In a landmark case addressing the legality of nuclear weapons, the International Court of Justice (ICJ) on July 8 unanimously agreed that any use or threat to use nuclear weapons would have to comply with those provisions of the UN Charter which prohibit the use of force except in cases of self-defense, and with the rules of international law applicable to armed conflict. However, a majority of the 14 participating judges (11-3) agreed that in current international law there is no "comprehensive and universal prohibition of the threat or use of nuclear weapons."
The ICJ, known also as the World Court, was responding to a request from the UN General Assembly for a non-binding advisory opinion on whether the threat or use of nuclear weapons was "consistent with international law." In October and November 1995, the court heard arguments from 22 UN member-states (See ACT, February 1996). The United States, Russia, France and the United Kingdom unsuccessfully urged the court not to answer the General Assembly's question at all.
The ICJ did, however, refuse to answer a similar question from the World Health Organization, on the grounds that the issue of the legality of nuclear weapons was outside the scope of that body's legitimate activities.
The court split evenly (7-7) on one part of its opinion that combined two questions. When such a split occurs, the president of the court is allowed to cast a second vote to break the tie. The current president, Mohammed Bedjaoui of Algeria, voted to make the decision part of the court's opinion. One part of the decision found that the threat or use of nuclear weapons would "generally be contrary" to the rules of international law, while the second part found that, "in view of the current state of international law," the court could not conclude "definitively" that the threat or use of nuclear weapons would be "lawful or w1-lawful in an extreme circumstance of self defense, in which the very survival of a State would be at stake."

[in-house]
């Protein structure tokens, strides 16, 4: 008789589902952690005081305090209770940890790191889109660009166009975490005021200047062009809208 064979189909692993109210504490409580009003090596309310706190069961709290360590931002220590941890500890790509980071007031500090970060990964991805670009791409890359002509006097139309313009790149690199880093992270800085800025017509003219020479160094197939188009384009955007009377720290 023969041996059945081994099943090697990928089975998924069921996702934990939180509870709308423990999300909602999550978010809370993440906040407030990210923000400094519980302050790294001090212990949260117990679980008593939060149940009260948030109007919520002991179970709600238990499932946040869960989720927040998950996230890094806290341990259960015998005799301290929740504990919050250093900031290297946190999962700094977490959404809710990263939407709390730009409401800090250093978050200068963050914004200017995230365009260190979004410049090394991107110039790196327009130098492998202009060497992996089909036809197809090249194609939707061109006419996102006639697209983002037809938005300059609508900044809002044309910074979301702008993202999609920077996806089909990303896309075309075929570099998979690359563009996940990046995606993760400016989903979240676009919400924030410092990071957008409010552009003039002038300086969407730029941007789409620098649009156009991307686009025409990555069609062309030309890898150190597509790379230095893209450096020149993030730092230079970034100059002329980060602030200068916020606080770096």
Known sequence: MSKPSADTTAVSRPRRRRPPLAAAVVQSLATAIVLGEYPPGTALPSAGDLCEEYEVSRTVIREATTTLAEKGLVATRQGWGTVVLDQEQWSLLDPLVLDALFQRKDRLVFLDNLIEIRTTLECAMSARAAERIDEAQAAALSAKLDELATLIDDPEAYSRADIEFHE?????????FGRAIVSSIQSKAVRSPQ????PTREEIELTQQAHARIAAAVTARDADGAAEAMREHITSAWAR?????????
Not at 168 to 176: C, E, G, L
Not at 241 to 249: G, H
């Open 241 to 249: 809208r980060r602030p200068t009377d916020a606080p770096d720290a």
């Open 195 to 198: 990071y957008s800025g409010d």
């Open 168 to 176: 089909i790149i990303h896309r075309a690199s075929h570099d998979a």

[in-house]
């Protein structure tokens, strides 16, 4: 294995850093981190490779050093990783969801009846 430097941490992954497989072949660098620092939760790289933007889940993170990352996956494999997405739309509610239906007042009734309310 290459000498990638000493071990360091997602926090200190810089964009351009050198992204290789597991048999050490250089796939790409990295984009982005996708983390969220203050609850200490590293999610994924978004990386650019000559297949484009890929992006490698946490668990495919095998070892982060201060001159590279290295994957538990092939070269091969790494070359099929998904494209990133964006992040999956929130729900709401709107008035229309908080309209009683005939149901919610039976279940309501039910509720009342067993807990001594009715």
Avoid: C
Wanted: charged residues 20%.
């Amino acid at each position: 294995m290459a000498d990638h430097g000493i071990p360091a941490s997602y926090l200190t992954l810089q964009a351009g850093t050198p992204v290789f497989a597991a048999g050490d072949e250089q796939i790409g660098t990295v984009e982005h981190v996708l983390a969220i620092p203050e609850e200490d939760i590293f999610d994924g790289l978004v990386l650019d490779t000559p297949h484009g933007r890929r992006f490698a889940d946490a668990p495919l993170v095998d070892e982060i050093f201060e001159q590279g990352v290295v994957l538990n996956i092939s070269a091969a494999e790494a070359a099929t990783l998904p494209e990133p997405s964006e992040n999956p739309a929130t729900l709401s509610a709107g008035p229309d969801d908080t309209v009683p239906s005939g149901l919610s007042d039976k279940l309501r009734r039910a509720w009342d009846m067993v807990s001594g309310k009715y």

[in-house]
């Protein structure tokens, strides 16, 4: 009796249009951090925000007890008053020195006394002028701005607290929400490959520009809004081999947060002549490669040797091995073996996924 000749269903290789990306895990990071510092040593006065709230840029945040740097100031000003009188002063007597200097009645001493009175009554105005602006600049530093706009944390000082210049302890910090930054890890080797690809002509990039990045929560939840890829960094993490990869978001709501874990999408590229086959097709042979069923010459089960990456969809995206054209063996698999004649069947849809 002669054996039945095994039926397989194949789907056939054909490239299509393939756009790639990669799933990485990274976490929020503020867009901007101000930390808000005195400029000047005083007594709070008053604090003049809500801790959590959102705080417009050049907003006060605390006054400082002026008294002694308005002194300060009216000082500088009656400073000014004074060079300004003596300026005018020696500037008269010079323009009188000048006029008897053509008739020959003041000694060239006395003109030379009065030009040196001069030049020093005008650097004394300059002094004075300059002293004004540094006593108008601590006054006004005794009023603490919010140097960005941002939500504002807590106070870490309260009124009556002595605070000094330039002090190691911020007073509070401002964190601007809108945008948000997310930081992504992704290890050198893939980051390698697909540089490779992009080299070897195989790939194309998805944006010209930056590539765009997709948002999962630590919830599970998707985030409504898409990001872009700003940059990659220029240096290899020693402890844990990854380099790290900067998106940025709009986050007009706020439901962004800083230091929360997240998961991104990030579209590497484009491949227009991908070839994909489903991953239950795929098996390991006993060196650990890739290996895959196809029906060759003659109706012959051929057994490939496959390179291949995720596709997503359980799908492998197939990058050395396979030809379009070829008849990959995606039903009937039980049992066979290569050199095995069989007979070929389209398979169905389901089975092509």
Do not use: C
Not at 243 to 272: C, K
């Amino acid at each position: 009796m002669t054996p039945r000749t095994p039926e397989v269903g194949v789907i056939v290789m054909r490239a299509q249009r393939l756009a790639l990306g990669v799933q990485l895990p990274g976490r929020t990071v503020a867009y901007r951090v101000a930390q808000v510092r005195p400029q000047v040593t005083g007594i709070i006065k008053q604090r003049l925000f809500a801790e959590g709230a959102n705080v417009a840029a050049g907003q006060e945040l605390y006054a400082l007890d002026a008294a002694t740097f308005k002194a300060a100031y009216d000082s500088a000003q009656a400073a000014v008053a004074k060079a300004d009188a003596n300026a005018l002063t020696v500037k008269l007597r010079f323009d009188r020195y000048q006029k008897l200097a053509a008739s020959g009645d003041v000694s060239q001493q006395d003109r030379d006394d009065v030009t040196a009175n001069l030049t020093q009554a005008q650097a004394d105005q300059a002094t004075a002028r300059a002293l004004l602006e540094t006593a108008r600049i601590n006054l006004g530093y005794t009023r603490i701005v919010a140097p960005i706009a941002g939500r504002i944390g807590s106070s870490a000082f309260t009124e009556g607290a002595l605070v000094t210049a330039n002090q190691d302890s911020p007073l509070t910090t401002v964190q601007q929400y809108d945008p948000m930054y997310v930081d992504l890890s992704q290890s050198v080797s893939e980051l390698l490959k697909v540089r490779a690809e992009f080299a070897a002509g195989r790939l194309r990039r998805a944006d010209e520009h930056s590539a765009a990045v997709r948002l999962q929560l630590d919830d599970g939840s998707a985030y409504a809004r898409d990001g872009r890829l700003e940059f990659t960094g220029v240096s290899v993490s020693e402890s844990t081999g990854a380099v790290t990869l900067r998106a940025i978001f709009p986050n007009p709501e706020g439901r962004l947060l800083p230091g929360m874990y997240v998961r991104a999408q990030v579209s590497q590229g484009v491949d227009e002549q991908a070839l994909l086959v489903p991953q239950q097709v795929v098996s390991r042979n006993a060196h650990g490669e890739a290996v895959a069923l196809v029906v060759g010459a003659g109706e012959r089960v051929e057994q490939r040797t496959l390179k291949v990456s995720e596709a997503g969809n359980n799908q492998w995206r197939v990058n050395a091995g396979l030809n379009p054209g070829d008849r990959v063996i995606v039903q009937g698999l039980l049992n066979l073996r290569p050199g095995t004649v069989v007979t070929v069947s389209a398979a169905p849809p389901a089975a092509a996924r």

The judges also unanimously decided that "There exists an obligation [in international law] to pursue in good faith and bring to a conclusion negotiations leading to nuclear disarmament...." In effect, the court declared that Article VI of the nuclear Non-Proliferation Treaty (NPT), from which this language was drawn, was now so widely accepted that it had become part of customary international law, binding even on non-NPT states like India, Israel and Pakistan. By offering new arguments in favor of nuclear disarmament, and extending the reach of NPT Article VI, this may be the most influential part of the court's opinion in the long run.
All sides in the nuclear weapons debate will be able to find comfort somewhere in the opinion. State and Defense department officials have expressed confidence that the ICJ opinion would not require any changes in U.S. nuclear deterrence policy. They noted that the court did not rule against the use of nuclear weapons in reprisal for another state's use of chemical or biological weapons, and they said the court's reference to "extreme circumstances" of self-defense would include situations in which a nuclear-weapon state defended the existence of a non-nuclear ally.